Now that is interesting. The US Stock market (Adj Close) correlates the strongest with the US GDP. Not surprising.

Of the chosen countries, the Danish GDP is the second most correlated to US stock market. The GDP of the countries correlate all strongly with the US GDP. There Norway correlates the least.

Continue the exploration of World Bank data.

Pandas and Folium: Categorize GDP Growth by Country and Visualize on Map in 3 Easy Steps

What will we cover in this tutorial?

  • We will gather data from wikipedia.org List of countries by past and projected GDP using pandas.
  • First step will be get the data and merge the correct tables together.
  • Next step is using Machine Learning with Linear regression model to estimate the growth of each country GDP.
  • Final step is to visualize the growth rates on a leaflet map using folium.

Step 1: Get the data and merge it

The data is available on wikipedia on List of countries by past and projected GDP. We will focus on data from 1990 to 2019.

At first glance on the page you notice that the date is not gathered in one table.

From wikipedia.org

The first task will be to merge the three tables with the data from 1990-1999, 2000-2009, and 2010-2019.

The data can be collected by pandas read_html function. If you are new to this you can read this tutorial.

import pandas as pd

# The URL we will read our data from
url = 'https://en.wikipedia.org/wiki/List_of_countries_by_past_and_projected_GDP_(nominal)'
# read_html returns a list of tables from the URL
tables = pd.read_html(url)

# Merge the tables into one table
merge_index = 'Country (or dependent territory)'
table = tables[9].merge(tables[12], how="left", left_on=[merge_index], right_on=[merge_index])
table = table.merge(tables[15], how="left", left_on=[merge_index], right_on=[merge_index])

print(table)

The call to read_html will return all the tables in a list. By inspecting the results you will notice that we are interested in table 9, 12 and 15 and merge them. The output of the above will be.

     Country (or dependent territory)       1990       1991       1992       1993       1994       1995       1996       1997       1998       1999        2000        2001        2002        2003        2004        2005        2006        2007        2008        2009        2010        2011        2012        2013        2014        2015        2016        2017        2018        2019
0                         Afghanistan        NaN        NaN        NaN        NaN        NaN        NaN        NaN        NaN        NaN        NaN         NaN         NaN      4367.0      4514.0      5146.0      6167.0      6925.0      8556.0     10297.0     12066.0     15325.0     17890.0     20296.0     20170.0     20352.0     19687.0     19454.0     20235.0     19585.0     19990.0
1                             Albania     2221.0     1333.0      843.0     1461.0     2361.0     2882.0     3200.0     2259.0     2560.0     3209.0      3483.0      3928.0      4348.0      5611.0      7185.0      8052.0      8905.0     10675.0     12901.0     12093.0     11938.0     12896.0     12323.0     12784.0     13238.0     11393.0     11865.0     13055.0     15202.0     15960.0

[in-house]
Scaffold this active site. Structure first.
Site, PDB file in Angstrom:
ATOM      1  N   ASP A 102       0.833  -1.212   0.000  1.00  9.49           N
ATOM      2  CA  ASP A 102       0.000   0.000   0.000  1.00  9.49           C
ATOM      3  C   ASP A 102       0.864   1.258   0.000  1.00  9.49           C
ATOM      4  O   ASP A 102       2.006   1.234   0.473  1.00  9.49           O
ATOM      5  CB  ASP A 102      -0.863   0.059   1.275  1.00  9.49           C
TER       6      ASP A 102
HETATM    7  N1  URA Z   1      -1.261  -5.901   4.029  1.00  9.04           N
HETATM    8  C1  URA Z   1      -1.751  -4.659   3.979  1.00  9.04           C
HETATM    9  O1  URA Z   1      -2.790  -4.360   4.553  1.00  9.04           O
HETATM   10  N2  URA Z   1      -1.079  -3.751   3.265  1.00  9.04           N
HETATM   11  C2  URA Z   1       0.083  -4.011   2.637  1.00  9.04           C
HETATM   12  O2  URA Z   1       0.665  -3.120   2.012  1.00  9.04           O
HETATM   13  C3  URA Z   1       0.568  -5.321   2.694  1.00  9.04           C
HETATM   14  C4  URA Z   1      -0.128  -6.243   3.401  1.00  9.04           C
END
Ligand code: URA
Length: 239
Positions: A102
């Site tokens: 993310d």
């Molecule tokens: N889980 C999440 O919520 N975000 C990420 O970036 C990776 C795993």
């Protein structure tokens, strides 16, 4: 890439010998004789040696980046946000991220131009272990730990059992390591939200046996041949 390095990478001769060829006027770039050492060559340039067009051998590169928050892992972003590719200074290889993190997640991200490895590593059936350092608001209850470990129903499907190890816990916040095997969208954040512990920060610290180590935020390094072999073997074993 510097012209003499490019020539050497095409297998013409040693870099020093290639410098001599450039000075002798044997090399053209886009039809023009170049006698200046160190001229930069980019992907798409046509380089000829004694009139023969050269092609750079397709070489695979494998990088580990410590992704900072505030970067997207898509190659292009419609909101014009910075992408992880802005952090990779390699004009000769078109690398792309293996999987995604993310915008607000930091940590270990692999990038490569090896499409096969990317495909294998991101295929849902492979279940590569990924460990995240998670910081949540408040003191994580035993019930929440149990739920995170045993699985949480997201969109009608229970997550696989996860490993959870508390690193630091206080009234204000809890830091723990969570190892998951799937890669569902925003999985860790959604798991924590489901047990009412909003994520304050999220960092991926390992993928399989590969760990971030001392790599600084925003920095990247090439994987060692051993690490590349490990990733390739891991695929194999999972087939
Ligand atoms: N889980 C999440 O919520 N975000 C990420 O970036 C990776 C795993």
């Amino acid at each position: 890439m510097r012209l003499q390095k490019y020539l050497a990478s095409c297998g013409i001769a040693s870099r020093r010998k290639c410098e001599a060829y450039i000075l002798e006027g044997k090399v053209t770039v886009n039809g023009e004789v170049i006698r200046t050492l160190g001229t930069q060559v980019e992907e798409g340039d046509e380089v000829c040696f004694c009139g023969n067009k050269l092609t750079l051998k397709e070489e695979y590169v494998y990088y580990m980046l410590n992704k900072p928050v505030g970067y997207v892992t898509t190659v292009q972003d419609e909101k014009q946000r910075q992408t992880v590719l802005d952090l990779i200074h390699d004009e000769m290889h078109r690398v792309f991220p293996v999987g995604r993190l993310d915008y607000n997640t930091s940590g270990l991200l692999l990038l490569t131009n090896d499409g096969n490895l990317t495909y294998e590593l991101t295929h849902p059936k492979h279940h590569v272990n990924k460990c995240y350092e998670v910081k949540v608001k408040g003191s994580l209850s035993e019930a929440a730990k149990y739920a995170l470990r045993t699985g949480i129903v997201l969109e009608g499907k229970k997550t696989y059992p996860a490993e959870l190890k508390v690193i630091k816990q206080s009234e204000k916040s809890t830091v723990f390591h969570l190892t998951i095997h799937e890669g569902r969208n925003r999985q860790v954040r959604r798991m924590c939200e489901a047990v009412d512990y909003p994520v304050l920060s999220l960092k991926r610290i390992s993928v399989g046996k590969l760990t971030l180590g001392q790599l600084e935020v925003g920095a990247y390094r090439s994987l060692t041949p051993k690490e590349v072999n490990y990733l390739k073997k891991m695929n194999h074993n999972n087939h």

2                             Algeria    61892.0    46670.0    49217.0    50963.0    42426.0    42066.0    46941.0    48178.0    48188.0    48845.0     54749.0     54745.0     56761.0     67864.0     85327.0    103198.0    117027.0    134977.0    171001.0    137054.0    161207.0    199394.0    209005.0    209703.0    213518.0    164779.0    159049.0    167555.0    180441.0    183687.0
3                              Angola    11236.0    10891.0     8398.0     6095.0     4438.0     5539.0     6535.0     7675.0     6506.0     6153.0      9130.0      8936.0     12497.0     14189.0     19641.0     28234.0     41789.0     60449.0     84178.0     75492.0     82471.0    104116.0    115342.0    124912.0    126777.0    102962.0     95337.0    122124.0    107316.0     92191.0
4                 Antigua and Barbuda      459.0      482.0      499.0      535.0      589.0      577.0      634.0      681.0      728.0      766.0       825.0       796.0       810.0       850.0       912.0      1013.0      1147.0      1299.0      1358.0      1216.0      1146.0      1140.0      1214.0      1194.0      1273.0      1353.0      1460.0      1516.0      1626.0      1717.0
5                           Argentina   153205.0   205515.0   247987.0   256365.0   279150.0   280080.0   295120.0   317549.0   324242.0   307673.0    308491.0    291738.0    108731.0    138151.0    164922.0    199273.0    232892.0    287920.0    363545.0    334633.0    424728.0    527644.0    579666.0    611471.0    563614.0    631621.0    554107.0    642928.0    518092.0    477743.0
6                             Armenia        NaN        NaN      108.0      835.0      648.0     1287.0     1597.0     1639.0     1892.0     1845.0      1912.0      2118.0      2376.0      2807.0      3577.0      4900.0      6384.0      9206.0     11662.0      8648.0      9260.0     10142.0     10619.0     11121.0     11610.0     10529.0     10572.0     11537.0     12411.0     13105.0

Step 2: Use linear regression to estimate the growth over the last 30 years

In this section we will use Linear regression from the scikit-learn library, which is a simple prediction tool.

If you are new to Machine Learning we recommend you read this tutorial on Linear regression.

import pandas as pd
import matplotlib.pyplot as plt
from sklearn.linear_model import LinearRegression